TAKE THE CROWN.
Okay, patriotic sports fans.
It’s time for you to hurl your alcohol-soaked national pride at one of my favorite sporting events — a sport that dare I say more people watch year-round (instead of once every four years):
I’m giving you an entire day to prepare. Gather your buddies. Pick your bar and drink of choice. Warm up your vocal chords for the vigorous screaming that will commence.
If you’ve never experienced golf on television before, I invite you to watch these world-class players representing their countries going head-to head.
You just might find yourself screaming, beer or not beer.
Another day in the bright sunshine at the Billie Jean King National Tennis Center has left me happy, hot and headed for the couch where I intend to be a slug all night.
This is a slug.
I spent nine hours today at the US Open tennis tournament — the hottest day this year in New York City.
Thank goodness I had a big hat.
During that time, I watched a lot of tennis, both singles and doubles, on all three major courts at the Billie Jean King Tennis Center.
My pick for the match of the day?
It was moved from Louis Armstrong because the Cilic / Simon match ran five sets. And as soon as word got out, people started streaming into the smaller court where every seat is a great seat.
Five guys had appointed themselves cheerleaders for the Bryan Brothers and periodically treated the crowd to custom cheers that always got a huge ovation. The challengers, Verdasco / Marrero, had their fans, too; I would just need a translator to tell you what they were saying.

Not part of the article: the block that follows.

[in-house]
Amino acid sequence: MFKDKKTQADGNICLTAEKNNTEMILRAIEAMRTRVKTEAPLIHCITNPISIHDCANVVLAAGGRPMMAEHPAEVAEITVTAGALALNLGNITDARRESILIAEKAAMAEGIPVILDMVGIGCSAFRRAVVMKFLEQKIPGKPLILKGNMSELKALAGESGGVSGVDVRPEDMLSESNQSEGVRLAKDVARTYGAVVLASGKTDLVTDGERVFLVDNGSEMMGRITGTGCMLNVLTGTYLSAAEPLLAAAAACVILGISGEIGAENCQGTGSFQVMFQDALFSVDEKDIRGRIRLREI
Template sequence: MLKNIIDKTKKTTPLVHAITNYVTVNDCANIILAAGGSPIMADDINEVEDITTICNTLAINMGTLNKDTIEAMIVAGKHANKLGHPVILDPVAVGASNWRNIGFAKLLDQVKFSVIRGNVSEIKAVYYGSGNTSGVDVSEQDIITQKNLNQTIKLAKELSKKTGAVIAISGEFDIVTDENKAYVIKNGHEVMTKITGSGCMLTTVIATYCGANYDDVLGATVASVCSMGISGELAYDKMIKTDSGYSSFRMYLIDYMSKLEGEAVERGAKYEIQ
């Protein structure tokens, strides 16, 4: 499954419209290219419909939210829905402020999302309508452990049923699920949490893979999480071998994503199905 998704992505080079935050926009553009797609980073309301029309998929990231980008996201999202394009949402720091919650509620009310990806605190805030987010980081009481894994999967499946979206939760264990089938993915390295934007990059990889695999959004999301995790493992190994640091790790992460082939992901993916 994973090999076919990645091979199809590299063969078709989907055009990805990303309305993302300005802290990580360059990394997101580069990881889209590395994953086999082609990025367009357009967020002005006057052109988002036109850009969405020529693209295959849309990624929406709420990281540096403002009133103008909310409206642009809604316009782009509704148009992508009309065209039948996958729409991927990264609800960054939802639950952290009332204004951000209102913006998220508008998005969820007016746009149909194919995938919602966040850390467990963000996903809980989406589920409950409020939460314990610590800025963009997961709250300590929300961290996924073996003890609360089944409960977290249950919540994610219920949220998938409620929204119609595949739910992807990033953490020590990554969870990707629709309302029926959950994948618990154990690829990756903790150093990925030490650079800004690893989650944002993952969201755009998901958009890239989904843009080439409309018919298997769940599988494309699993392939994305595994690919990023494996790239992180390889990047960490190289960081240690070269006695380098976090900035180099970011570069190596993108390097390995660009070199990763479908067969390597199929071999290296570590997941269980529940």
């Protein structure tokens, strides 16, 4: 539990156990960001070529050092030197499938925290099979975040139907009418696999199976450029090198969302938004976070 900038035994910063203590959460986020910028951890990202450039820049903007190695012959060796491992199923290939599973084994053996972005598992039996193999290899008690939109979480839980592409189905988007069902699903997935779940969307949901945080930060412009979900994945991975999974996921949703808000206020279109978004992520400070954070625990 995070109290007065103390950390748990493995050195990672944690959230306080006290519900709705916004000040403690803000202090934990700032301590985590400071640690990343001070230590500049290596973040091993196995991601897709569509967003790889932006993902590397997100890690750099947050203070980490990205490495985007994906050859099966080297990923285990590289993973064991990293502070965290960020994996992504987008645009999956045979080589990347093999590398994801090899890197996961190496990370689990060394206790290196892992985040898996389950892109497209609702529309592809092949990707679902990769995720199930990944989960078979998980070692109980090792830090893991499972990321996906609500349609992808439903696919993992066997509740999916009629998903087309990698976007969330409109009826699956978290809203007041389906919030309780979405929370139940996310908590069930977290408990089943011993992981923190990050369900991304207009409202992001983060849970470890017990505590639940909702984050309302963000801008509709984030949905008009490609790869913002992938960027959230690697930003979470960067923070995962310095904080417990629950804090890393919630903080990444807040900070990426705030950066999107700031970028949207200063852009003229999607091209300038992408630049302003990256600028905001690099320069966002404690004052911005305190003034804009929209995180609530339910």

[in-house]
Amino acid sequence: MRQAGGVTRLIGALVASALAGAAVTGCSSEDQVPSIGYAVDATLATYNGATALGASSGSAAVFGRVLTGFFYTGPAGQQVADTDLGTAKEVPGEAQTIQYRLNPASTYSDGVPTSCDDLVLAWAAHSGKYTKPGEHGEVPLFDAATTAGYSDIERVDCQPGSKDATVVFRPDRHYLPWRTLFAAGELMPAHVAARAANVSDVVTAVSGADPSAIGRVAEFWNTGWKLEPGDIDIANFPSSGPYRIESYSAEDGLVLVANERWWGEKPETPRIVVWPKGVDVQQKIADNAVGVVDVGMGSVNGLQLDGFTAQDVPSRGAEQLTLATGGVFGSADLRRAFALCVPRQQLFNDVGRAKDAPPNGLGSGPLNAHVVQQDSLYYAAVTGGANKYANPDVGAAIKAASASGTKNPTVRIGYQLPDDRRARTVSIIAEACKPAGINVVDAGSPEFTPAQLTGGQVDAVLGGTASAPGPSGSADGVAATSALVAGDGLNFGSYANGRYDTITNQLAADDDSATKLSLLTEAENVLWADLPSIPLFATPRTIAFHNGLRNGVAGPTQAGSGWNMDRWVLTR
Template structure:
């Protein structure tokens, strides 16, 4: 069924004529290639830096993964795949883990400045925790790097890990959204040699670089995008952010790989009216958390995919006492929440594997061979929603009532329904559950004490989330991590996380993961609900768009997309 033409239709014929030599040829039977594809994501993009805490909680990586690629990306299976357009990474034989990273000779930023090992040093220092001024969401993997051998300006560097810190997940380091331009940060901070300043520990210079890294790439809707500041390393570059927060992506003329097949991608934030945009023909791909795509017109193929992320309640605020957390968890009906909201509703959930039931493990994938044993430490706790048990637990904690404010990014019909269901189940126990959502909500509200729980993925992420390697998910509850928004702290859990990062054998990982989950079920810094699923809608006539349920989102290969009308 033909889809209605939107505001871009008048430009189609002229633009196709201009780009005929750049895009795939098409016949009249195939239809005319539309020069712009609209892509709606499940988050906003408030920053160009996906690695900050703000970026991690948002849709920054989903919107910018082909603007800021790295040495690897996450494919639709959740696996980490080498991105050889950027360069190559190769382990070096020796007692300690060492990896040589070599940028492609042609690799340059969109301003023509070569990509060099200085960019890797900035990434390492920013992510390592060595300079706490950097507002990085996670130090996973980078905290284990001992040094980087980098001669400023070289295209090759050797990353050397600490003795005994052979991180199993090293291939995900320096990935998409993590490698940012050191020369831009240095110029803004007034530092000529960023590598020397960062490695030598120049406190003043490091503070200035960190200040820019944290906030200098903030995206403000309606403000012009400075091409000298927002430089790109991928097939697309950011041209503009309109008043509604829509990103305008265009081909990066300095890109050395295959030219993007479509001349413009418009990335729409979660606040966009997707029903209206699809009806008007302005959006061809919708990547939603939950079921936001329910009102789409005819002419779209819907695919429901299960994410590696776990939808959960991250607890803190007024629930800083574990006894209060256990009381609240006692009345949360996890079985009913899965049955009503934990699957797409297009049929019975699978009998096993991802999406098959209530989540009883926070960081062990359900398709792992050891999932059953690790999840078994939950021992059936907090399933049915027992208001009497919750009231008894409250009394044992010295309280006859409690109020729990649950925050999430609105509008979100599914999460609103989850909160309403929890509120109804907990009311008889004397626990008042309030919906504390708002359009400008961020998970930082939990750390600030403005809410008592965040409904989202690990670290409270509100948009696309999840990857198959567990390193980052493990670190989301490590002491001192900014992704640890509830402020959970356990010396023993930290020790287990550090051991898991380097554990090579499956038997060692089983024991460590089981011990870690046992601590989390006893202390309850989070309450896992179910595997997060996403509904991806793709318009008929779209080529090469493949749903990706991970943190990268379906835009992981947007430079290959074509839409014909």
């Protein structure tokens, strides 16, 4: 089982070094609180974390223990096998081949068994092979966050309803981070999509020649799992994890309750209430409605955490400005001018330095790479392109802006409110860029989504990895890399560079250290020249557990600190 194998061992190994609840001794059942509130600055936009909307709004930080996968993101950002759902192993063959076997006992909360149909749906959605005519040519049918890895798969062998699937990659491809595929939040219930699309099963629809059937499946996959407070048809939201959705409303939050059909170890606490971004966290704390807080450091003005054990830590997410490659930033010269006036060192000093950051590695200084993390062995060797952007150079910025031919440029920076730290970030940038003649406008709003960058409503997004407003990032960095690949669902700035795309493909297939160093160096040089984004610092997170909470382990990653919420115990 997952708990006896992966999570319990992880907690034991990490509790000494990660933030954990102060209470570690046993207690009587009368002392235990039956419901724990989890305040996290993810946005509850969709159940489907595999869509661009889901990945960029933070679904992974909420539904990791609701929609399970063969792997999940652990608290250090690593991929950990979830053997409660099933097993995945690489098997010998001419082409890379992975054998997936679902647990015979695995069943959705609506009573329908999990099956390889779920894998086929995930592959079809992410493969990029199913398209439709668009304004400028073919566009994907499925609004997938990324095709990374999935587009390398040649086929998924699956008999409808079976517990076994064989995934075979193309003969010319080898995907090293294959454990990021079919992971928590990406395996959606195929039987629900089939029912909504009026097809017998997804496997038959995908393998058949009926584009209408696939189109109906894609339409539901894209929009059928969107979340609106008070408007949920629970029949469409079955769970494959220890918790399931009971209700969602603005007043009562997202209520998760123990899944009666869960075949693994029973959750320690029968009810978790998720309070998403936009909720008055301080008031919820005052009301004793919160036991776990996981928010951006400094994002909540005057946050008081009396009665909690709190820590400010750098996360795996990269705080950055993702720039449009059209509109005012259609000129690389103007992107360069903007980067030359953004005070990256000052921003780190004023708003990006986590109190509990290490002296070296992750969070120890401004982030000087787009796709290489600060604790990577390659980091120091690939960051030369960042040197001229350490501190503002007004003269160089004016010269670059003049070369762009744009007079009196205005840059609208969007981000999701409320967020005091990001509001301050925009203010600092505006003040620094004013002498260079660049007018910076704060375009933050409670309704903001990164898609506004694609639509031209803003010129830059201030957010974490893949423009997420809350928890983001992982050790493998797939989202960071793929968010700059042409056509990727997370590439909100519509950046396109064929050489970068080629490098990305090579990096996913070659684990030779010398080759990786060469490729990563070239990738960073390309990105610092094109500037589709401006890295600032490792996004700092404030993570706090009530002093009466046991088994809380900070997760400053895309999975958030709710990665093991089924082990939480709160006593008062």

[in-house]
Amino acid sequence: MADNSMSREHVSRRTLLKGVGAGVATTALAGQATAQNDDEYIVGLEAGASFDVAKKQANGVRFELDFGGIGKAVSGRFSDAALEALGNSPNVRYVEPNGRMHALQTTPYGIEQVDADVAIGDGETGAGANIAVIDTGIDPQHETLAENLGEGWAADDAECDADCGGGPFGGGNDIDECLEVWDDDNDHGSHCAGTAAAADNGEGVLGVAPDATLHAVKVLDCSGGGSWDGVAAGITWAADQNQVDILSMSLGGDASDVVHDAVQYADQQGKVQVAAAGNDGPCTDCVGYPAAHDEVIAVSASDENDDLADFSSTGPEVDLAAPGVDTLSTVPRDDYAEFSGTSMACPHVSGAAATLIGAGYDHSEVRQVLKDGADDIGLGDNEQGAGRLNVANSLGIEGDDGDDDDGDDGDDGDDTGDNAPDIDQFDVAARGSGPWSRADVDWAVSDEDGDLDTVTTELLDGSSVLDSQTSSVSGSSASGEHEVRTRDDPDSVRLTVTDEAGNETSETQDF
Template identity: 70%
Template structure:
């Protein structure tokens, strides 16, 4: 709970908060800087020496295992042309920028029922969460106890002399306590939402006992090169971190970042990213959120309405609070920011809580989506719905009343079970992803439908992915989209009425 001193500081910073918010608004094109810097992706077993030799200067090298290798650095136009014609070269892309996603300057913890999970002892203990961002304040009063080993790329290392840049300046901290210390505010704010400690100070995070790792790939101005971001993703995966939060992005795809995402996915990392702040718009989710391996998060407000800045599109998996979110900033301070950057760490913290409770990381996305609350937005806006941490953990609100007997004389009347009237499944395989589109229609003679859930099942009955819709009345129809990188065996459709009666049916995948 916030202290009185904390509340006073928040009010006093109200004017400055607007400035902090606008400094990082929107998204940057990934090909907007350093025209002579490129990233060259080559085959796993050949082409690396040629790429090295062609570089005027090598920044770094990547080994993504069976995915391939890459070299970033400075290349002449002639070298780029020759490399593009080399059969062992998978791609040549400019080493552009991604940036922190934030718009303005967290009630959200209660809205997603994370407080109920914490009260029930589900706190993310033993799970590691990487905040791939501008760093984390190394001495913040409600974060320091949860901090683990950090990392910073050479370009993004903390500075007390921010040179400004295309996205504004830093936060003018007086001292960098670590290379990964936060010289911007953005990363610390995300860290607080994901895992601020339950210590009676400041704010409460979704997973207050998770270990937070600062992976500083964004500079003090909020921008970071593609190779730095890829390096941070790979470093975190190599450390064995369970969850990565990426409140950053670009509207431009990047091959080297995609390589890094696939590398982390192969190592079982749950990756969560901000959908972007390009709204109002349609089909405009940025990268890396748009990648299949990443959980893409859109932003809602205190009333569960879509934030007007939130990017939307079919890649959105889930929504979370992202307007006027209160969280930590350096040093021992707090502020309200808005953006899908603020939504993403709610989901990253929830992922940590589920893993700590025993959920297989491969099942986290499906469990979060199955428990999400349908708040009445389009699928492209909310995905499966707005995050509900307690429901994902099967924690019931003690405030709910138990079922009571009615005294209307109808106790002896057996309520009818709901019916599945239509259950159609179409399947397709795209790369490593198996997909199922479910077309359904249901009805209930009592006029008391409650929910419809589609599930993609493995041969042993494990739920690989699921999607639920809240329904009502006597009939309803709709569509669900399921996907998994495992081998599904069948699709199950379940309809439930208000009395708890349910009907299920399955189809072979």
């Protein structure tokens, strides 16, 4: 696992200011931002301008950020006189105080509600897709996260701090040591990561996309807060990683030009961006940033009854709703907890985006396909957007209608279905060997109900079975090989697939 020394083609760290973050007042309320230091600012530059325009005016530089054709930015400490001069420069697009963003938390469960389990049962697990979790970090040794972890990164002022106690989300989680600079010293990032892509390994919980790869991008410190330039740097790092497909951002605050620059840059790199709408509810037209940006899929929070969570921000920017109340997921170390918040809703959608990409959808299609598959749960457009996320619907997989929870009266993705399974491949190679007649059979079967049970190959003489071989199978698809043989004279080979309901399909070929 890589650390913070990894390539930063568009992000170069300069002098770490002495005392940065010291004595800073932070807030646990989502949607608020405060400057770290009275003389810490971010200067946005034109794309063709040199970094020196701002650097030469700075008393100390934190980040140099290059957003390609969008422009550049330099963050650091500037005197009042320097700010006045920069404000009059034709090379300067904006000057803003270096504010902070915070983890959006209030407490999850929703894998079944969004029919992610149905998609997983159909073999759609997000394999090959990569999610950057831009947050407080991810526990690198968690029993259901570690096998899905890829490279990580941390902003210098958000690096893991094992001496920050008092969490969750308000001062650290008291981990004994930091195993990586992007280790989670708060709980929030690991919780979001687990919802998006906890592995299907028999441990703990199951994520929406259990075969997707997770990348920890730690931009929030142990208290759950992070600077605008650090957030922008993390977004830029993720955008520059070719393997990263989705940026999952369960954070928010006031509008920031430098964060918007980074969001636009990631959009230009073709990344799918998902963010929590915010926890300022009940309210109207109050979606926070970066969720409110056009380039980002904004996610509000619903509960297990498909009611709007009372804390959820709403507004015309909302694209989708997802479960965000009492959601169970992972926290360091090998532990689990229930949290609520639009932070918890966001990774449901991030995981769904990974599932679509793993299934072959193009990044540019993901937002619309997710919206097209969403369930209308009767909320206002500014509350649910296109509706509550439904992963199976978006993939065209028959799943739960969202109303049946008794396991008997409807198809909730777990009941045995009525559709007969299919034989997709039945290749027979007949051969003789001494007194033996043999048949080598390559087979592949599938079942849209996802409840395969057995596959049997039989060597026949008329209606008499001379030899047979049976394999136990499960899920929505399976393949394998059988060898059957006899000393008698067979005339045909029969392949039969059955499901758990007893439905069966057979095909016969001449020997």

The first set was classic Bryan Brothers, a quick 23-minute hold. But the momentum shifted in the second set, and Ver/Mar claimed it. The third was back and forth until the Bryan Brothers got the break.
I’m pretty sure our crowd could be heard throughout the Tennis Center.
Doubles deserves much more respect.
Play was suspended earlier today at the US Open due to heavy storms and lightning in the New York City area. It brought to mind the question:
Don’t tennis players know their outfits are going to get wet?
Not from rain. From sweat.
Today was the most humid day of the tournament by far, and the players — male and female alike — were drenched, their clothes reduced to near transparency. Which begs a second question:
Do they consider this possibility when they chose colors?
Maria Sharapova and Caroline Wozniacki, who played earlier this afternoon, wore light grey and tan respectively in their afternoon match. After just one or two games, I could have sketched an anatomically correct map of not only their undergarments, but also any birthmarks, moles or particularly large freckles.
What gives, ladies?
I should really pass the blame to the clothing manufacturers. It seems like this issue should be part of their quality assurance testing.
We can do better, people.
My friend Leah and I went to the US Open tennis tournament today hoping to see favorite players.
Me, Djokovic at the practice courts. Her, Verdasco in his early round match. We were both successful. (Leah even shook Verdasco’s hand.)
But we did.
They were chatting with friends and were curious about the matches that were still in progress. And since both of us were intent on our cellphones, they asked for an update.
We ended up talking until we arrived at Penn Station.
I think that counts as yet another sports celebrity encounter — don’t you?